Ah, overtraining – not something we even consider when we take our first tentative steps in working out.
After all, how can we overtrain? Isn’t all training good for us?
As it turns out, it’s not. In fact, as most experienced gym-goers will tell you, building muscle is as much about rest as it is about lifting weights. Runners will tell you the same thing – you can’t expect your body to just infinitely keep going. If that were the case, we’d all be as fit as fiddles our entire lives, provided we put the work in.
Overtraining sucks, just to share my personal experience as well. When I first started going to the gym, I used to put in 5k every morning in the local park, and then I’d put another hour in at the gym in the evening. Maybe with an occasional rest day thrown in there. And trust me, it wasn’t a nice feeling.
But I know how we can trick ourselves into overtraining – we want to see better results, it feels good, we are hooked on the feeling, and we can’t really buy into the “I need to rest” thing.
8 Signs of Overtraining Syndrome (and what you can do about it)
Let’s go over the eight signs of overtraining syndrome, and if you find yourself nodding along while you read, let’s also discuss how you can get back on the right track.
A general feeling of fatigue
We are all somewhat used to feeling a bit tired now and again. Some of us have even accepted that this is just how we feel and are living with it.
However, one of the more prominent signs of overtraining is a lack of energy, a general feeling of sluggishness and fatigue. Everything is just a bit difficult, and you can’t really be bothered with anything.
Specific and general pain
Contrary to popular belief, pain is the first sign that you have overdone it. If your muscles are sore the day after a workout, if this soreness persists for more than 72 hours, if you experience DOMS – this is a clear sign that your body is not recovering well, and that you need to stop doing what you are doing.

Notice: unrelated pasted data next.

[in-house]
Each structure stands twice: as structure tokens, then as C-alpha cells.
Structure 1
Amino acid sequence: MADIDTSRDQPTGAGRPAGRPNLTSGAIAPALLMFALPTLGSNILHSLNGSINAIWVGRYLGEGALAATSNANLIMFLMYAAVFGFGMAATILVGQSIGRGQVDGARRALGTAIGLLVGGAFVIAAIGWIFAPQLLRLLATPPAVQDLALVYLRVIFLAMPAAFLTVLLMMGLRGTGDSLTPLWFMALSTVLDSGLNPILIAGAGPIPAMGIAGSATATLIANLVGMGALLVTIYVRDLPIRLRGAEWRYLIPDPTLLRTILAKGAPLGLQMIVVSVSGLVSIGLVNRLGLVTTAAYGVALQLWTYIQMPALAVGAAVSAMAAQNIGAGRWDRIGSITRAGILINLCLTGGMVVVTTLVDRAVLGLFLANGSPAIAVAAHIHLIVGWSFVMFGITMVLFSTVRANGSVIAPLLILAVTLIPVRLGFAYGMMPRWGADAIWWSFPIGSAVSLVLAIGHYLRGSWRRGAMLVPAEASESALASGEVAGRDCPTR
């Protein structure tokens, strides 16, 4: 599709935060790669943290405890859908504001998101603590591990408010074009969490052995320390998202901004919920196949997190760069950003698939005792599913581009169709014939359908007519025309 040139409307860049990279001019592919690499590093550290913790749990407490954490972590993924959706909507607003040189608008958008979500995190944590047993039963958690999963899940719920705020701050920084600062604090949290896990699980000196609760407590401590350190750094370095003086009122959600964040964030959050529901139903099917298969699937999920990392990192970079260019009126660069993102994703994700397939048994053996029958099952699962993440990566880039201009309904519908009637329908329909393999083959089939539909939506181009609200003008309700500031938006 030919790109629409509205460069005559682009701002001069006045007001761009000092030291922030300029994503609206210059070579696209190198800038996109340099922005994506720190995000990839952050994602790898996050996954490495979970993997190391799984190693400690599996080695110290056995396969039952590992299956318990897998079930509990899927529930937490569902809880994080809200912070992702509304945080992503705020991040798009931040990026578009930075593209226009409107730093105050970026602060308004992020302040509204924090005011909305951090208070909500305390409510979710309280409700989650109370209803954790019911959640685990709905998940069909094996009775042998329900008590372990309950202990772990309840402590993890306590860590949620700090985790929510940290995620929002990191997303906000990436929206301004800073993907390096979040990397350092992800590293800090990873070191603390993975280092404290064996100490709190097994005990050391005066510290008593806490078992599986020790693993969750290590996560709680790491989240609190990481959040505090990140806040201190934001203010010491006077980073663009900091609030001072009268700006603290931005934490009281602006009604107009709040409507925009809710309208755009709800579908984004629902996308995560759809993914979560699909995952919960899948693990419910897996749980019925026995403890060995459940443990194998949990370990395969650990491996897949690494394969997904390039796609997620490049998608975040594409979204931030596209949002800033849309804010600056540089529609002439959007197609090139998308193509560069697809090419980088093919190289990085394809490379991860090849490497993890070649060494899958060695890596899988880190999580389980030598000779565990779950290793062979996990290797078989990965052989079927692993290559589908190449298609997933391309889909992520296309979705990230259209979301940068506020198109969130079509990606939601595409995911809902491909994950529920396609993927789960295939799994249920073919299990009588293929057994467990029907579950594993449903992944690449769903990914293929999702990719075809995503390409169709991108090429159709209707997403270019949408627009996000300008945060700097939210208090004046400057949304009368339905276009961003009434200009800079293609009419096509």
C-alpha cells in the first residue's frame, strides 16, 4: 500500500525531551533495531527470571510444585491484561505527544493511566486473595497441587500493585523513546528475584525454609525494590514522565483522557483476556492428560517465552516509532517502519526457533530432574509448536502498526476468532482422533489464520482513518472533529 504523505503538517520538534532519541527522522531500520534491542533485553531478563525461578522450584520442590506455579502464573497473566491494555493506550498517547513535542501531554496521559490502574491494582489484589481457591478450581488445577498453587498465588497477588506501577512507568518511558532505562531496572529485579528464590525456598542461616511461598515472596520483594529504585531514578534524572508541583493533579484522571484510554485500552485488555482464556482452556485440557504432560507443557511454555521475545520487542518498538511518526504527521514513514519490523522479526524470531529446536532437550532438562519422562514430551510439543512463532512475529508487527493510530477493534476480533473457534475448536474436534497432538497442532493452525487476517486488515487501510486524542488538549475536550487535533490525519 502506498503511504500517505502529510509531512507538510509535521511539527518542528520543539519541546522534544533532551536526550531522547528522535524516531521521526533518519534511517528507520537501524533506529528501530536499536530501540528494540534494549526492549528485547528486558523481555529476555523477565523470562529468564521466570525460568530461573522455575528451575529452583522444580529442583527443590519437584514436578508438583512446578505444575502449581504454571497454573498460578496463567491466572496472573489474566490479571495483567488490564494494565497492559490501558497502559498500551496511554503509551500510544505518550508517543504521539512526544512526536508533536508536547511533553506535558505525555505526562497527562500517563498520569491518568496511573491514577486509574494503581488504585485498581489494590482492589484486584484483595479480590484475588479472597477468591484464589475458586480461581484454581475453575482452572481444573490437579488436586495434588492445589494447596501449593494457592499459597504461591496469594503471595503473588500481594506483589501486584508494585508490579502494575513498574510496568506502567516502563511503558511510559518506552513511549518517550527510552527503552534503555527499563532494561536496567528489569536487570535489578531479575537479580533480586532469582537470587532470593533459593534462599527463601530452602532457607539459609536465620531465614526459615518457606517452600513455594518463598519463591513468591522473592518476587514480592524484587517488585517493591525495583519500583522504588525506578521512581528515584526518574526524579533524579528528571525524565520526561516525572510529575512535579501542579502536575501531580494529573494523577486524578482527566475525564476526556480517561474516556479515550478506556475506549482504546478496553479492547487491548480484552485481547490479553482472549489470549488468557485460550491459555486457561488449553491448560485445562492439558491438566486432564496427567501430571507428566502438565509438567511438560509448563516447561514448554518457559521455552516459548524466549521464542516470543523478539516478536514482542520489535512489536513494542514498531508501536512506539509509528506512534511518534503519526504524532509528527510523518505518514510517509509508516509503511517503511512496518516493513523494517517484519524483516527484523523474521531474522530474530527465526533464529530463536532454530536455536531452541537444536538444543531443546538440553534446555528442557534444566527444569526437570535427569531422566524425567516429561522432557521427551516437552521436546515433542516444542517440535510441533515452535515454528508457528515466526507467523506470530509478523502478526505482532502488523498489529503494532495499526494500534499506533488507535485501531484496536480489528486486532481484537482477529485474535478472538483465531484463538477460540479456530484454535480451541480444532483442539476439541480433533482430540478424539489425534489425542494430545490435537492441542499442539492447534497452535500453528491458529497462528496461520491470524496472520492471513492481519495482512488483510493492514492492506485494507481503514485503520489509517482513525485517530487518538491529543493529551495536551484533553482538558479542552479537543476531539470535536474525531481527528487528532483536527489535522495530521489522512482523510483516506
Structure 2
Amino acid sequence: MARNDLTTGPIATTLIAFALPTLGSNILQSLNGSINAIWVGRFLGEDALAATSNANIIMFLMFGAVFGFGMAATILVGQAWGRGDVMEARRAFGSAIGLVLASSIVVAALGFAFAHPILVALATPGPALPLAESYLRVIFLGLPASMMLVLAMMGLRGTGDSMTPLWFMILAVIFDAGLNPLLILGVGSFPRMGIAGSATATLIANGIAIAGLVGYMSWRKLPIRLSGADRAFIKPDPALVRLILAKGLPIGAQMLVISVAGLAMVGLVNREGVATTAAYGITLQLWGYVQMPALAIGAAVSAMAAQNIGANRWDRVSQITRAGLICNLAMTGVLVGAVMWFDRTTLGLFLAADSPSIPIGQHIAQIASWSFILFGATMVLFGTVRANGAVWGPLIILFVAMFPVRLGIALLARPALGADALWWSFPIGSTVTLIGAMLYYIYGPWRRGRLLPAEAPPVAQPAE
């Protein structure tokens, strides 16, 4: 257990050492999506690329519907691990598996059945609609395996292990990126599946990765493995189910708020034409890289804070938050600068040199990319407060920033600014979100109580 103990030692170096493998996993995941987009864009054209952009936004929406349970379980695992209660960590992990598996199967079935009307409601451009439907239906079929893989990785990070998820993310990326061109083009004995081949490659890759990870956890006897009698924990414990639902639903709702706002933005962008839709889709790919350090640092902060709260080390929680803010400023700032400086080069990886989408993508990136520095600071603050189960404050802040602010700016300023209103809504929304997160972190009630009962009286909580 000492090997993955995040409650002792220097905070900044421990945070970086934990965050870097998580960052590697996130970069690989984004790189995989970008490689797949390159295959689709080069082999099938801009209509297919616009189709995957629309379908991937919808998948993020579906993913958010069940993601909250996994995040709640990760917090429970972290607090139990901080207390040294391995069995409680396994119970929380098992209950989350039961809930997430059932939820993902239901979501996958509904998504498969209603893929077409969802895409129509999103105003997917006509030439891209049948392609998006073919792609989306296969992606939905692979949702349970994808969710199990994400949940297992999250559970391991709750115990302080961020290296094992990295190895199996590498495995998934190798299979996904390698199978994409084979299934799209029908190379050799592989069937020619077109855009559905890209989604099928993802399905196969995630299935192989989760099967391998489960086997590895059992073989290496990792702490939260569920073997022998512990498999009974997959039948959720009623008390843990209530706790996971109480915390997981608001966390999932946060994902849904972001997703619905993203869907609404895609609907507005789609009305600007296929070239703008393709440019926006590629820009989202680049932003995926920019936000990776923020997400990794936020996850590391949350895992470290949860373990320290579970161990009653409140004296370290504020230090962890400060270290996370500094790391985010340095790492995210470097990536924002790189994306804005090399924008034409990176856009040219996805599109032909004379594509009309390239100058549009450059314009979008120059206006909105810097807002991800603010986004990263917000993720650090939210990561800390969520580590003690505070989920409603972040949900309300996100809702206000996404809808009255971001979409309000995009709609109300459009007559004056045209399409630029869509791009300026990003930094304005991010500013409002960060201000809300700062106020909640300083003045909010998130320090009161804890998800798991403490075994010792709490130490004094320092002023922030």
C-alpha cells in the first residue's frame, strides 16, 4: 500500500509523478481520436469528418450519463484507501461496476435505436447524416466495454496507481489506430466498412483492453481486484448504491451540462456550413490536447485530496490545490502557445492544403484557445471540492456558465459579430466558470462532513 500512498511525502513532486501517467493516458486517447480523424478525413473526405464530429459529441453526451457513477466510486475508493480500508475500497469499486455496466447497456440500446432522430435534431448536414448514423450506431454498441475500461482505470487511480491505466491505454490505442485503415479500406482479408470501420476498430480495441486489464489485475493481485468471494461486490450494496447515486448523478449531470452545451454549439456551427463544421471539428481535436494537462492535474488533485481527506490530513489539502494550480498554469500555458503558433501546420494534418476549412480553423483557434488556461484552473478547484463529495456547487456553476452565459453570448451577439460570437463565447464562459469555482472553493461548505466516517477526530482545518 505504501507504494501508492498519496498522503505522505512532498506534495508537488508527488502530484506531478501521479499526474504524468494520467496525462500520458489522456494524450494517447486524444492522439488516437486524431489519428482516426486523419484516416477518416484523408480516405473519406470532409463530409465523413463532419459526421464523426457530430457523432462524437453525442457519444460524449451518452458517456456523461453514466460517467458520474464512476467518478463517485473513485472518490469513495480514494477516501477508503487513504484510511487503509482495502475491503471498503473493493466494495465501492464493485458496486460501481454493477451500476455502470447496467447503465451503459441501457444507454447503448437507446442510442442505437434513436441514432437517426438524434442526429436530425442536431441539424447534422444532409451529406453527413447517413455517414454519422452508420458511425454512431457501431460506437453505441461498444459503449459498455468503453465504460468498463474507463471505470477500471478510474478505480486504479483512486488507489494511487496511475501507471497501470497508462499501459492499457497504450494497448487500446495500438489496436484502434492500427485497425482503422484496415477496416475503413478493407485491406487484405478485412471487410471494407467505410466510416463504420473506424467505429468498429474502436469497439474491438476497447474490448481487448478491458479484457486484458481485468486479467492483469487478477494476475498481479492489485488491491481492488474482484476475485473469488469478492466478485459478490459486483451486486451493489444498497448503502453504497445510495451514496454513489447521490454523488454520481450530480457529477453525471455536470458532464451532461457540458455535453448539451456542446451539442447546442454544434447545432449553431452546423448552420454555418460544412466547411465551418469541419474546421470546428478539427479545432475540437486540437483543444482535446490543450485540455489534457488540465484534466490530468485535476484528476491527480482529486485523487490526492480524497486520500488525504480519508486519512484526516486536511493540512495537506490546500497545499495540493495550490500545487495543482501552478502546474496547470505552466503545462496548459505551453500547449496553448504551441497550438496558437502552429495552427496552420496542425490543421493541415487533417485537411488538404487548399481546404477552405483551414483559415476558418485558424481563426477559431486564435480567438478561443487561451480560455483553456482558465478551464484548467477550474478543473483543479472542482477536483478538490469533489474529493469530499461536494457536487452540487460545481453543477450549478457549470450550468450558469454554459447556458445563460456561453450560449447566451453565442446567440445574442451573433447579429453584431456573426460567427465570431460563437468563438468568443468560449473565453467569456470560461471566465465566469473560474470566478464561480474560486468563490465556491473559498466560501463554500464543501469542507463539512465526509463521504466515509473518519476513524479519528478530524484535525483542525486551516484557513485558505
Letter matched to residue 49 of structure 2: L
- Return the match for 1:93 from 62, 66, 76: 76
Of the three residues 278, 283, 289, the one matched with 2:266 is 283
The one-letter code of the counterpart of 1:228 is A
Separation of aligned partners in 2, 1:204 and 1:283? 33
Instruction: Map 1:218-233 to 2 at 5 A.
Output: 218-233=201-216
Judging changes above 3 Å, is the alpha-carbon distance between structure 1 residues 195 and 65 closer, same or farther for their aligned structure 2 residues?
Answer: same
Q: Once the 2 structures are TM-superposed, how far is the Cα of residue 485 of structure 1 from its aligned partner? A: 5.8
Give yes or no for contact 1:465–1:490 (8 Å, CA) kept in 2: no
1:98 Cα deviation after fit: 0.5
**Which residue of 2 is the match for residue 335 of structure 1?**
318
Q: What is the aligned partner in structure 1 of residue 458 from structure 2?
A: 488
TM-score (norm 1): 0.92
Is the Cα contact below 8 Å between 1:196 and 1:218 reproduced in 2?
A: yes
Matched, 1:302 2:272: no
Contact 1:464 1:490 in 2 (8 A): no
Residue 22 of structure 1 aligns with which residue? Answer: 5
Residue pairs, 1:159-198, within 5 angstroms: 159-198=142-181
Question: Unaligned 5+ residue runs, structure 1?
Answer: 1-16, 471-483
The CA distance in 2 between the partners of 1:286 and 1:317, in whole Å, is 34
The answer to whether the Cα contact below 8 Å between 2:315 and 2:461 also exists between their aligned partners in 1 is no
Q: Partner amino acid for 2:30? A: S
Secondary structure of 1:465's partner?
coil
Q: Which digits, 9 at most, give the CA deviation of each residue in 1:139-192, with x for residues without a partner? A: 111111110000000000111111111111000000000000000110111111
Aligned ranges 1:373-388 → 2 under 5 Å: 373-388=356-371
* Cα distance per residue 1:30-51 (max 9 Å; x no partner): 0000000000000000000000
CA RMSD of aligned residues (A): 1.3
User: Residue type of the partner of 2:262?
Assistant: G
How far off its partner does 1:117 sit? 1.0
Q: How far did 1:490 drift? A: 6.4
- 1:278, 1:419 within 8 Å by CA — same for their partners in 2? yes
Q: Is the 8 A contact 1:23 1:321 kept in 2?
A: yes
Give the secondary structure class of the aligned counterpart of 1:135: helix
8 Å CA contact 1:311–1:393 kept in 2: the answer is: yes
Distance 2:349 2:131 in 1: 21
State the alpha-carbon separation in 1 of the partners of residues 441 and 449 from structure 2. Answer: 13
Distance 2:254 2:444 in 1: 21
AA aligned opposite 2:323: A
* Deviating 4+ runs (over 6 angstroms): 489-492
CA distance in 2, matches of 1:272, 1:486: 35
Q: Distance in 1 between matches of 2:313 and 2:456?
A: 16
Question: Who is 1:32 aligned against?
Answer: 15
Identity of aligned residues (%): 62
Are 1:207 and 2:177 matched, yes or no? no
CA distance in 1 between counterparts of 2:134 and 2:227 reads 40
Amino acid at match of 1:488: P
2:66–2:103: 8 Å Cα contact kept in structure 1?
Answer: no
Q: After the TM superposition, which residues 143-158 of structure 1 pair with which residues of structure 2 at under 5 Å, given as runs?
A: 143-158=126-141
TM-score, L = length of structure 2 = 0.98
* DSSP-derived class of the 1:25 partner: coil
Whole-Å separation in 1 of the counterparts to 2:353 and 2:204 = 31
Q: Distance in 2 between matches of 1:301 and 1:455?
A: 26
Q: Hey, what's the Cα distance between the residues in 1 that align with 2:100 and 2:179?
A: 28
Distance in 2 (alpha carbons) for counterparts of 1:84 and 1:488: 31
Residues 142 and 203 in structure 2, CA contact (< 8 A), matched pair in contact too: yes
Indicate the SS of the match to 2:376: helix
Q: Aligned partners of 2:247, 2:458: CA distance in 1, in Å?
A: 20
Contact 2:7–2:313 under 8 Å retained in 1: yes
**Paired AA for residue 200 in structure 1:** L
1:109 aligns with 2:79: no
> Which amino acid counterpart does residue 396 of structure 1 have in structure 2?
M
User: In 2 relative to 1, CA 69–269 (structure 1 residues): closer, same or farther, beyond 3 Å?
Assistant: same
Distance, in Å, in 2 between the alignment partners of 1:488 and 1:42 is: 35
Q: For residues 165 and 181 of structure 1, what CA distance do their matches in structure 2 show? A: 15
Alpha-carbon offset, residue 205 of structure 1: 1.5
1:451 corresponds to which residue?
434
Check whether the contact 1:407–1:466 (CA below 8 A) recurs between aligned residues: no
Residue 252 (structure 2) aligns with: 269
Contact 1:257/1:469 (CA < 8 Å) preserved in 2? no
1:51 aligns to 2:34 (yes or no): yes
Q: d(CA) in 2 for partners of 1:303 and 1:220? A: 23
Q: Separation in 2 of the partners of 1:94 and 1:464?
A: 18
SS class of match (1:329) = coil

Some will tell you there is no gain without pain – or that soreness is the sign that you are doing something right. Don’t believe them. Yes, working out should be a challenge – but it shouldn’t leave you in pain for days.
The connection between sleep and overtraining is a complex one: and while you may think that tiring yourself out with a workout can put you to sleep easier (and this is the case when you train well), overtraining can keep you awake.
As you are not able to relax completely, you are not able to drift off to sleep, or you wake up a lot during the night, tossing and turning as you go. This, in turn, means your body will not be able to get the rest it needs and repair the damage you have caused while working out.
Loss of appetite
You need to fuel your workouts with the right nutrients – carbs, proteins, fats all play an important role in helping your performance.
However, if you feel like you don’t really have to eat, or you can’t eat and there is nothing appetizing about food, you will be putting yourself at risk in a whole host of ways: a lack of nutrients means your body can’t repair itself, and that you are driving it too far on too little. Your immune system can suffer, you can get injured more easily, and your feeling of fatigue will only increase.
Getting ill more often
As your immune system can no longer keep up with the demands you are putting on your body, you will be more susceptible to colds, inflammatory diseases, and all kinds of other illnesses. You can also experience a lot of headaches, and that icky feeling when you are not ill, but you are not healthy either.